Thursday, October 28, 2004

Oregon: More Problems With GOP Funded Voter Registration Drive Surface

October 28, 2004

Salem college students say their registrations were switched

SALEM, Ore. - Dozens of Salem-area college students say they unknowingly registered to vote as Republicans this month after signing what they thought were petitions to bring down car insurance rates.

Western Oregon University student Kati Bennett told the Statesman Journal in Salem that she was walking to class when she was asked to sign a petition to lower car insurance rates, and told she had to fill in a little card asking for her party affiliation.

The 18-year-old Bennett said she checked "nonpartisan", but the canvasser crossed that out.

Bennett is planning to vote for President Bush, but said she was upset that her party registration was changed against her will.

Polk County elections manager Val Unger said she has heard of five stories similar to Bennett's, all involving a fake petition to reduce car insurance rates.

Unger got suspicious when she received a stack of more than 400 voter registration cards submitted at the Oct. 12 deadline, all marked Republican.

She said more than half of the registration cards turned out to be for people who had previously registered, many as Democrats or independents. Two or three cards had the party affiliation crossed out and "Republican" was checked in its place, Unger said.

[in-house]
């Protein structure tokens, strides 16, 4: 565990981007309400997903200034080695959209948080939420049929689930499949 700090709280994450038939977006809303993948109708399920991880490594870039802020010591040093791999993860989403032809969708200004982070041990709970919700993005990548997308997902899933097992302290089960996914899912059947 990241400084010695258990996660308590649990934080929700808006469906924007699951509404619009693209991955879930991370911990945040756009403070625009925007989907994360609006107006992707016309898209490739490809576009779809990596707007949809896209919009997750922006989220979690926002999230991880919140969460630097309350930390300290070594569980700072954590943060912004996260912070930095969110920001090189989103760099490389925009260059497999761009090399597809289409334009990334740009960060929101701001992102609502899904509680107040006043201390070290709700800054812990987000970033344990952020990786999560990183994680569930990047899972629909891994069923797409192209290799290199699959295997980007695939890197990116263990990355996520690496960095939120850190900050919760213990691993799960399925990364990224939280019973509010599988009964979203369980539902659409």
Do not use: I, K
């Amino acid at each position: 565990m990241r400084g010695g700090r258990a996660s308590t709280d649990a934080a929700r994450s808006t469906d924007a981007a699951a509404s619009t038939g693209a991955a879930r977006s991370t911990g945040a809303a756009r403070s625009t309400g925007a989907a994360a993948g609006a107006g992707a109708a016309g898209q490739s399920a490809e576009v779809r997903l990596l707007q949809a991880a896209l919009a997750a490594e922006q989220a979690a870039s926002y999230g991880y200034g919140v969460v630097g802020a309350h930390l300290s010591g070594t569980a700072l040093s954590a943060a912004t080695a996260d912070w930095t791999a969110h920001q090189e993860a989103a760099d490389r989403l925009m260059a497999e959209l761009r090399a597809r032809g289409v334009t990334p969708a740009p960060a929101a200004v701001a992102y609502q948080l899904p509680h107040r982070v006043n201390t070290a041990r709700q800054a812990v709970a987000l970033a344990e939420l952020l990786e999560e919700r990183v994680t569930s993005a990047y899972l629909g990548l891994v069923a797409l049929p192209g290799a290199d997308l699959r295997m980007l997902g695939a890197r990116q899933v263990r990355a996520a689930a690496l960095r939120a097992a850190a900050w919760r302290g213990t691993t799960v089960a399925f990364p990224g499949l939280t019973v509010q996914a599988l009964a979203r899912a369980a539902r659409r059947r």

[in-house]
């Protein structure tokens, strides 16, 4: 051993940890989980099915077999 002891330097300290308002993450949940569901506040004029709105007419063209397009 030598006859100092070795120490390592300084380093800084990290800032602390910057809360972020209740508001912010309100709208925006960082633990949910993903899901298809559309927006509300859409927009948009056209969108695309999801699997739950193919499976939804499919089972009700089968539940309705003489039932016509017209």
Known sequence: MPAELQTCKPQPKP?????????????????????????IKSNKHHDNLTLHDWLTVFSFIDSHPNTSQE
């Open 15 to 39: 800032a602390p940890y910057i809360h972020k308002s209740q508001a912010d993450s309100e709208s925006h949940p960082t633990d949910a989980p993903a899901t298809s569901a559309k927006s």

Similar complaints about switched voter registrations are emerging from around the state; some of them have been traced to canvassers paid by the Republican Party for each GOP registration card they collect.

"I think there were various goofy things that happened in a lot of places," said John Lindback, state Elections Division director. "How widespread it was, I don't know."

Changing political party affiliations without consent is unethical, but it's a waste of time as a political tactic, said Andi Miller, executive director of Common Cause of Oregon, a campaign watchdog group.

That's because voters still will get ballots and cast them the way they want, she said.

Both Democrat-leaning groups and the Republicans paid canvassers to collect voter registration cards in Oregon this year. However, Democratic groups were paid by the hour while the group hired by the Republican National Committee, Arizona-based Sproul & Associates, paid for each GOP card collected.

Sproul & Associates officials have denied any wrongdoing.

(Copyright 2004 by The Associated Press. All Rights Reserved.


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